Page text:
Anchored Hearts | By Priscilla Oliveras
Book Review | Contemporary Romance
Award-winning photographer Alejandro Miranda hasn’t been home to Key West in years–not since he left to explore broader horizons with his papi’s warning echoing in his ears. He wouldn’t be heading there now if it wasn’t for an injury requiring months of recuperation. The drama of a prodigal son returning to his familia is bad enough, but coming home to the island paradise also means coming face to face with the girl he left behind–the one who was supposed to be by his side all along…
Anamaría Navarro was shattered when Alejandro took off without her. Traveling the world was their plan, not just his. But after her father’s heart attack, there was no way she could leave–not even for the man she loved. Now ensconced in the family trade as a firefighter and paramedic, with a side hustle as a personal trainer, Anamaría is dismayed that just the sight of Alejandro is enough to rekindle the flame she’s worked years to put out. And as motherly meddling pushes them together, the heat of their attraction only climbs higher. Can they learn to trust again, before the Key West sun sets on their chance at happiness?
Narrative and Plot
Anchored Hearts is a second-chance romance that follows the high school sweethearts Anna Maria and Alejandro. I always enjoy love stories where we get both perspectives. It gives better insight into the story and depth of the characters.
The plot is pretty much your basic romantic comedy. However, there is ample history between the main characters that justify the second chance. The pacing of the story was great. It just took you through this holiday destination while telling a love story.
Characters and Conflicts
Annamaria and Alejandro blame each other for the failure of their relationship in the past. While Annamaria is finally following her passion, Alejandro is struggling to find his place back home after he left everything behind to chase his dreams.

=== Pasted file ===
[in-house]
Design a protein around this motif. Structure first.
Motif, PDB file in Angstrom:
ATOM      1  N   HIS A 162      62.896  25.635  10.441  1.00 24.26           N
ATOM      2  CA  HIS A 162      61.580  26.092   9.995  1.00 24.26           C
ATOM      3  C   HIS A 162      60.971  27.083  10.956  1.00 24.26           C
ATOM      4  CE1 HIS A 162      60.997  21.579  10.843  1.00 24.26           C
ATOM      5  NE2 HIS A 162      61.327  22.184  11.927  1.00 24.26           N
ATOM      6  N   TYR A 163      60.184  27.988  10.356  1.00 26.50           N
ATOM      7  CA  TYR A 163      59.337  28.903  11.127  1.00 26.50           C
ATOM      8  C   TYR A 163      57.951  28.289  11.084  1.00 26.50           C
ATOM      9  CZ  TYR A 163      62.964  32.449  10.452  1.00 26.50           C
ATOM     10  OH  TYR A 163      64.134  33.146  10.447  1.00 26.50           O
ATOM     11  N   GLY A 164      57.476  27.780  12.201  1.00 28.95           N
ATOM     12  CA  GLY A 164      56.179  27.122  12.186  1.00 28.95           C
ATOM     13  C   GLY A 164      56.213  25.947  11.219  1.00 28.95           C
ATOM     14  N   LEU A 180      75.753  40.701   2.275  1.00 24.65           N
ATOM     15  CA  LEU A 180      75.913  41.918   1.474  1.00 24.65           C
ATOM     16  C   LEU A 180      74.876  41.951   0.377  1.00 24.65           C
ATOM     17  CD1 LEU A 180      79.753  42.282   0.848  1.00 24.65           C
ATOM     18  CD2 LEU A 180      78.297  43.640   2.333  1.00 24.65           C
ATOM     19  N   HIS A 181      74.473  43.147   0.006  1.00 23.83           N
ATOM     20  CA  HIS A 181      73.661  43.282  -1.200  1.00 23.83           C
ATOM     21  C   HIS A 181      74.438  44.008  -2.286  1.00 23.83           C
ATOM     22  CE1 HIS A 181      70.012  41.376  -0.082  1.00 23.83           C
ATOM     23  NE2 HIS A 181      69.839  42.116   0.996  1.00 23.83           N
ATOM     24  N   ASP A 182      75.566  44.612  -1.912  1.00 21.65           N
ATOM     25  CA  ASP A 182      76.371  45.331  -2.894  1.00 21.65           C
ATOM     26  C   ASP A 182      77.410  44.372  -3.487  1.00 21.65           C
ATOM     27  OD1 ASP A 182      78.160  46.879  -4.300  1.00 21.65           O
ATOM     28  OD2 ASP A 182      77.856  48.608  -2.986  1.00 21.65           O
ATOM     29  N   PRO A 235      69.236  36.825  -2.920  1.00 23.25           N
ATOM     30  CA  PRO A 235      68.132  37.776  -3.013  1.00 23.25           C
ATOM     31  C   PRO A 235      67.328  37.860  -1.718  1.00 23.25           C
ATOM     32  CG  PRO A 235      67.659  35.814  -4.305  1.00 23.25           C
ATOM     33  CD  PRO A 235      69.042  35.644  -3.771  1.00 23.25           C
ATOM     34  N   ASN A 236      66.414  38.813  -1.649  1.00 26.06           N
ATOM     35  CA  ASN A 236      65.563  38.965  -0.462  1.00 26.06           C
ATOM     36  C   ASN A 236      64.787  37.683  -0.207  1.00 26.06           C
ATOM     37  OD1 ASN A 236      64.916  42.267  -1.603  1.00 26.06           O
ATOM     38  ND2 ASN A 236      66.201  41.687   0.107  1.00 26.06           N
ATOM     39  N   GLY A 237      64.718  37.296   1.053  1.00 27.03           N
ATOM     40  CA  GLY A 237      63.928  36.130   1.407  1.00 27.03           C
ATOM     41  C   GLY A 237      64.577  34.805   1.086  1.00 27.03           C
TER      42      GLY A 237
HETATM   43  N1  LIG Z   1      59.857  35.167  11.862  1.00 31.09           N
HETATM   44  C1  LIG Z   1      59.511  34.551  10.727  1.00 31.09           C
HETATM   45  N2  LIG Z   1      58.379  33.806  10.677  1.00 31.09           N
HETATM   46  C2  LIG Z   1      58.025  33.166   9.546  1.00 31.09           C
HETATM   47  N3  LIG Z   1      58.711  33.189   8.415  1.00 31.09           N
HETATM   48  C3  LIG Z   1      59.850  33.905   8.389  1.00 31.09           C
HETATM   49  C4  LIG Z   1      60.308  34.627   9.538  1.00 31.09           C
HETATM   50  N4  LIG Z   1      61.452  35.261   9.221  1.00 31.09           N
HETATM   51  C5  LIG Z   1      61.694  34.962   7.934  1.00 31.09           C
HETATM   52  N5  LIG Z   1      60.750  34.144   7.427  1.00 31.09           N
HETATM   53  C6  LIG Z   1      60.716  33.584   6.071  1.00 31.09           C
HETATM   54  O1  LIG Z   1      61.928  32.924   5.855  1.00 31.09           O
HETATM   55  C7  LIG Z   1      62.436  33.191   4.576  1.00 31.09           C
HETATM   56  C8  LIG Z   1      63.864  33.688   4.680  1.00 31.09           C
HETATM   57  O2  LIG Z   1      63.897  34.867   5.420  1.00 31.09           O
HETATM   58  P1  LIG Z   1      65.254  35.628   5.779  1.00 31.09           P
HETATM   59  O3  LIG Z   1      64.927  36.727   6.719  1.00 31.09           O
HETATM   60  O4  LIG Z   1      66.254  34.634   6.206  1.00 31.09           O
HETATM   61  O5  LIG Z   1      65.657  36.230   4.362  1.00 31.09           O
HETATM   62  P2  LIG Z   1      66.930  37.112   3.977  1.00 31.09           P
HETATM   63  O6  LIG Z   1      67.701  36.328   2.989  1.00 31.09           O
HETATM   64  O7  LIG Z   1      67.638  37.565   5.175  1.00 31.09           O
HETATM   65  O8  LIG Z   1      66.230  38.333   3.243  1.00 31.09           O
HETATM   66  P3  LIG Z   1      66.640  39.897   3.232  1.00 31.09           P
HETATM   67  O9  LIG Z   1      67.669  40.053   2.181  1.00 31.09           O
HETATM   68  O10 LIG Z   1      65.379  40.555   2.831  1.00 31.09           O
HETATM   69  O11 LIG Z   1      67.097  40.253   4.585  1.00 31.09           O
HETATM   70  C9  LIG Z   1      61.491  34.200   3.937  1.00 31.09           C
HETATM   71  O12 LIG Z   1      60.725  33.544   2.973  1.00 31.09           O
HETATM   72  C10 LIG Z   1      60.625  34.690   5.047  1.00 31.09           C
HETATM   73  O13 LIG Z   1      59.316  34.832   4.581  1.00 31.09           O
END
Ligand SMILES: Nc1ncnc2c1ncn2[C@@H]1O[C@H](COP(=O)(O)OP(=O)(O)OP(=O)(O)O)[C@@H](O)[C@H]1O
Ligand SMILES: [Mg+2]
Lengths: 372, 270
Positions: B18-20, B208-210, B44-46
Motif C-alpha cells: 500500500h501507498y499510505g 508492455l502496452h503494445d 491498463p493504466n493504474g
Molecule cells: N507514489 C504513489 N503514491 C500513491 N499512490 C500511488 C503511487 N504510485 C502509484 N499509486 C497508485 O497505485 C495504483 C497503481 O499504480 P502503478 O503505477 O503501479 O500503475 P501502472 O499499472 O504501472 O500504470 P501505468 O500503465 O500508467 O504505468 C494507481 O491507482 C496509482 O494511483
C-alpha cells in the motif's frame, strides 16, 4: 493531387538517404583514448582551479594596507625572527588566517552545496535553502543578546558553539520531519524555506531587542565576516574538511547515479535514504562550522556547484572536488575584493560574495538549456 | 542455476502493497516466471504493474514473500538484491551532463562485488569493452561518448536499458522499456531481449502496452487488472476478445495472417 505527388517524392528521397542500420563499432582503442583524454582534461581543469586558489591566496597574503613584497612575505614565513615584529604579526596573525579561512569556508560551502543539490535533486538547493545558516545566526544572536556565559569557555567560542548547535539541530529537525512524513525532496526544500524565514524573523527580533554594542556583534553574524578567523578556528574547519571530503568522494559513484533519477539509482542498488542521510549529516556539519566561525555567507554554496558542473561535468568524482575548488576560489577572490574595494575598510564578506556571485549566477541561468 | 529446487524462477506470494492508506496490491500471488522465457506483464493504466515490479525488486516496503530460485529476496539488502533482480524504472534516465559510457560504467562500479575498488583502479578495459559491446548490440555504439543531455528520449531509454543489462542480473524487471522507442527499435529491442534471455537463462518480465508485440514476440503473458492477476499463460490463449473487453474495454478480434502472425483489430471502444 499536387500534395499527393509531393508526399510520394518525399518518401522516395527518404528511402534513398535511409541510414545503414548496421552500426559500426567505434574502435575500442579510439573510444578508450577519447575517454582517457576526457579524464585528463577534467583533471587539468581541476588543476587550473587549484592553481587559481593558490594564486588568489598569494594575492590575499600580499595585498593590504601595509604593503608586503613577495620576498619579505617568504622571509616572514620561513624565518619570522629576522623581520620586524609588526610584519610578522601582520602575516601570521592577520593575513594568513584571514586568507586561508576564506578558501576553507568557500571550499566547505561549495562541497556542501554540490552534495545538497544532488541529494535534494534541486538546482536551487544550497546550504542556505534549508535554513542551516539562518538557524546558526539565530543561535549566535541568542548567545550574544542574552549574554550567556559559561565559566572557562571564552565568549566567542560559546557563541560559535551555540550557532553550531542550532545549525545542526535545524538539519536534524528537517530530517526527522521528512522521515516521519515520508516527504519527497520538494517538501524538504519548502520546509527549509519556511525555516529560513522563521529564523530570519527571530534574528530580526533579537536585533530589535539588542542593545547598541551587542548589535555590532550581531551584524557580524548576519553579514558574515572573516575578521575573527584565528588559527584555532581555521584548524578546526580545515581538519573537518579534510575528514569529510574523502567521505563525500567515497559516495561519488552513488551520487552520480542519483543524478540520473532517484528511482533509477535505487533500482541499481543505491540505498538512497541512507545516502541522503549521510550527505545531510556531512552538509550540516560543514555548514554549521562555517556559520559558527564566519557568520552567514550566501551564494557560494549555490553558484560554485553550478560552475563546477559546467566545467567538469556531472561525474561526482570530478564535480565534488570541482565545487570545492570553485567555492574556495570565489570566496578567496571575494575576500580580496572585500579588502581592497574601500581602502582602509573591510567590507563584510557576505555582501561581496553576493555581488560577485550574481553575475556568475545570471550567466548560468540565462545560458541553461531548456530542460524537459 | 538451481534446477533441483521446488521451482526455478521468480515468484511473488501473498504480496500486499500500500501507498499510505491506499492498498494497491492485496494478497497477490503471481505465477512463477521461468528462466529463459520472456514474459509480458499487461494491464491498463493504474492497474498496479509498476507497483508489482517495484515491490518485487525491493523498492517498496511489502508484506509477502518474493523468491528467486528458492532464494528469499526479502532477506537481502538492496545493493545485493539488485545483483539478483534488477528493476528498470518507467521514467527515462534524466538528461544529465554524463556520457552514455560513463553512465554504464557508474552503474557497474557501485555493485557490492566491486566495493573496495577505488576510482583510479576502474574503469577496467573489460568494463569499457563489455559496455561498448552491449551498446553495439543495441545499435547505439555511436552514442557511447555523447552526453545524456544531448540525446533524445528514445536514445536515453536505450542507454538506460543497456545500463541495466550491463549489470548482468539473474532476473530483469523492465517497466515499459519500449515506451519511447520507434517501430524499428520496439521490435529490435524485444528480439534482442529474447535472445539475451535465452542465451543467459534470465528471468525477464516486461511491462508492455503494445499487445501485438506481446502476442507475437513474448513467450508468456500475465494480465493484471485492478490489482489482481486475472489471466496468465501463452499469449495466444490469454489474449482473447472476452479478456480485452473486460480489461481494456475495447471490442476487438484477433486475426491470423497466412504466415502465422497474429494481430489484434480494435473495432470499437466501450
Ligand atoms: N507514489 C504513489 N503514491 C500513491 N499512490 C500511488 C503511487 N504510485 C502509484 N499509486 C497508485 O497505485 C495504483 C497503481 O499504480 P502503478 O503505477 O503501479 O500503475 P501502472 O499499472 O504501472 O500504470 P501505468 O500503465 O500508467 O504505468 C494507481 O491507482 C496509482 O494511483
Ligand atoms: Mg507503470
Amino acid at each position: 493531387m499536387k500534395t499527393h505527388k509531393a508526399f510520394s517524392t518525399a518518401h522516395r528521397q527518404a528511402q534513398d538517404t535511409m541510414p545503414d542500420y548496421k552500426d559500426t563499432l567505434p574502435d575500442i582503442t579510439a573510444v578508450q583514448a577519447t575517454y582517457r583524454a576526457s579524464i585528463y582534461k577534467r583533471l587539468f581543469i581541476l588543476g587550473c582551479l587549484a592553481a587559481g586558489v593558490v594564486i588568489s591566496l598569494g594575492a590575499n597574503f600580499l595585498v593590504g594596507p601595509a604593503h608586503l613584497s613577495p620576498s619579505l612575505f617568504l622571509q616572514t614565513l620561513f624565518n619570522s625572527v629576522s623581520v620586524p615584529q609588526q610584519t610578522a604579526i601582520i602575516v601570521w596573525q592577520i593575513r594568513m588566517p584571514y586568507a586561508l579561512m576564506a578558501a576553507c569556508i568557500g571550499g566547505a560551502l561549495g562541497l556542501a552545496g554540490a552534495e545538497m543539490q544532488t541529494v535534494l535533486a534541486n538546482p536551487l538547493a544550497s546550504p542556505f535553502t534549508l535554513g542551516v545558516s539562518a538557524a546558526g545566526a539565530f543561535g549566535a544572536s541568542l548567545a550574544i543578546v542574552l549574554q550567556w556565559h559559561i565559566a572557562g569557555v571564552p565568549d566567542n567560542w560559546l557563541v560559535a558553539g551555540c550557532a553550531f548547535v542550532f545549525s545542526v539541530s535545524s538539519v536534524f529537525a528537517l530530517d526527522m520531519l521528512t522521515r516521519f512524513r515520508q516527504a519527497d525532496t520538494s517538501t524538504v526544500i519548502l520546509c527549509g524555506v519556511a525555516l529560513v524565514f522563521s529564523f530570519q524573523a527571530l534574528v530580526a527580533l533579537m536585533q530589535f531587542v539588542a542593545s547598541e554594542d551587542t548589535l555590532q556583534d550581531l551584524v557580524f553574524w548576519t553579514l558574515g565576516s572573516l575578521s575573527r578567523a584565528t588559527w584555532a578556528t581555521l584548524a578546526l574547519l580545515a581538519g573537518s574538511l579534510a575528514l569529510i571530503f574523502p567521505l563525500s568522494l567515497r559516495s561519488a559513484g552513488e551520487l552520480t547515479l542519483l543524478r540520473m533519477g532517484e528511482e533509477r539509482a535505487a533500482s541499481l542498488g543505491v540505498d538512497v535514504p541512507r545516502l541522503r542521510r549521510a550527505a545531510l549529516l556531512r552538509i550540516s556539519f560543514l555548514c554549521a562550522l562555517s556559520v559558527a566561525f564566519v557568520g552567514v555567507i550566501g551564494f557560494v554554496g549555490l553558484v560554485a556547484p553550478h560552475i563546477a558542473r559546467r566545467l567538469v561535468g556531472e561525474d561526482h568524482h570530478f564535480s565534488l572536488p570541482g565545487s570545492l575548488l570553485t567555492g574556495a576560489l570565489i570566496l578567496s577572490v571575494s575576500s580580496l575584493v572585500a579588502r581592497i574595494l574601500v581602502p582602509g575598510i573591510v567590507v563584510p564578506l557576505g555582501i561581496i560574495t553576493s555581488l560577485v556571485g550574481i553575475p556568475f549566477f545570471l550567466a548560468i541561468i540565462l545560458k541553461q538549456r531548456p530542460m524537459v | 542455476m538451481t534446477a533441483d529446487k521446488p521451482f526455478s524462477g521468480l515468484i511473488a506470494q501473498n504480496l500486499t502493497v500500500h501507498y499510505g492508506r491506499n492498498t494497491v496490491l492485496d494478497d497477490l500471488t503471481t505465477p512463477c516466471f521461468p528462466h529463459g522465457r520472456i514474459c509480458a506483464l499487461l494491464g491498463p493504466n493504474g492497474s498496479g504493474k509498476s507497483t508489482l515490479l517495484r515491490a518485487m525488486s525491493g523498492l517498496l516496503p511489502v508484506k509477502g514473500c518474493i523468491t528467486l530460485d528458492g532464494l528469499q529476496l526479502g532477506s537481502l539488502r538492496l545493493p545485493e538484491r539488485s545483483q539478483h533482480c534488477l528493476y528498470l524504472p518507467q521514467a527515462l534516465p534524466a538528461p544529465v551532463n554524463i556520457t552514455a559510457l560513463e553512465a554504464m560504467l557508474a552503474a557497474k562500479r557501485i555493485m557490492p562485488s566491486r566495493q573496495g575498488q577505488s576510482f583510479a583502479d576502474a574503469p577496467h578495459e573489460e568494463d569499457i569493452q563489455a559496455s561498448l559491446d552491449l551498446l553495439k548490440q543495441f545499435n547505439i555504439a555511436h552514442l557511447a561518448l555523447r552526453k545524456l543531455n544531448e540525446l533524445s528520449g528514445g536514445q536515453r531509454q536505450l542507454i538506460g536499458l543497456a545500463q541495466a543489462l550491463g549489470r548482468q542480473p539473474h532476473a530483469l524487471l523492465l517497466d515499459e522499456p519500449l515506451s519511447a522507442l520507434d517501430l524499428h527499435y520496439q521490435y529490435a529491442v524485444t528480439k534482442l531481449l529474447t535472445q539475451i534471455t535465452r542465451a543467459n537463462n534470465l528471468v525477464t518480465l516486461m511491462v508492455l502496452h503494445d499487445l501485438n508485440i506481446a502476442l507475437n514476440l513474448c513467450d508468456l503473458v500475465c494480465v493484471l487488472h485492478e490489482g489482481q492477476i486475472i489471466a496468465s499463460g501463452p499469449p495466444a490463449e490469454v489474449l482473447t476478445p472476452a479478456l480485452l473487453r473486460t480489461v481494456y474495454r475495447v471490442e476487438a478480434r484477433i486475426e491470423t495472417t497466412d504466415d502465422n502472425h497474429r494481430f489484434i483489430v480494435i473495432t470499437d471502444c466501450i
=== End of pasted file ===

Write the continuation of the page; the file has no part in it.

The two main characters have quite opposite individual character arcs. While we can clearly see Alejandro’s arc developing, Annamaria’s individual journey felt passive. Of course, she is taking steps to grow, but I missed her moment of glory like the one Alejandro got.
Also, as an Indian woman who grew up with meddling but “well-meaning” adults, the meddling matriarchs didn’t get any points from me. It feels like the kids are being smothered (tracking the location of your adult children is not cute!). Many cultures with overbearing parents are now at a stage where they are struggling to find a place while balancing expectations. So, to romanticize that as meaning well is not ok for me.
The chemistry between the two leads is great, and there is so much tension that just keeps building up. It all makes for a great reading experience.
However, as a story, there are no big revelations in the end. In short, there is no equivalent to a last-minute epiphany and rushing to the airport kind of scene. Something like Bunny at the airport in the climax scene from the Hindi film “Yeh Jawani Hai Deewani” and realizing where he wants to spend the New Year’s Eve.
This one didn’t have that. As a reader, it would have been a much more satisfying journey if there was a great payoff about how they are both in a different place now and things could actually work this time other than because the story says so.
Overall, I enjoyed the premise, the banter, and the characters in the book. This is a fun beach read if you are looking for a light read with a bit of depth. I might not re-read it, but I would recommend it to someone taking a beach vacation.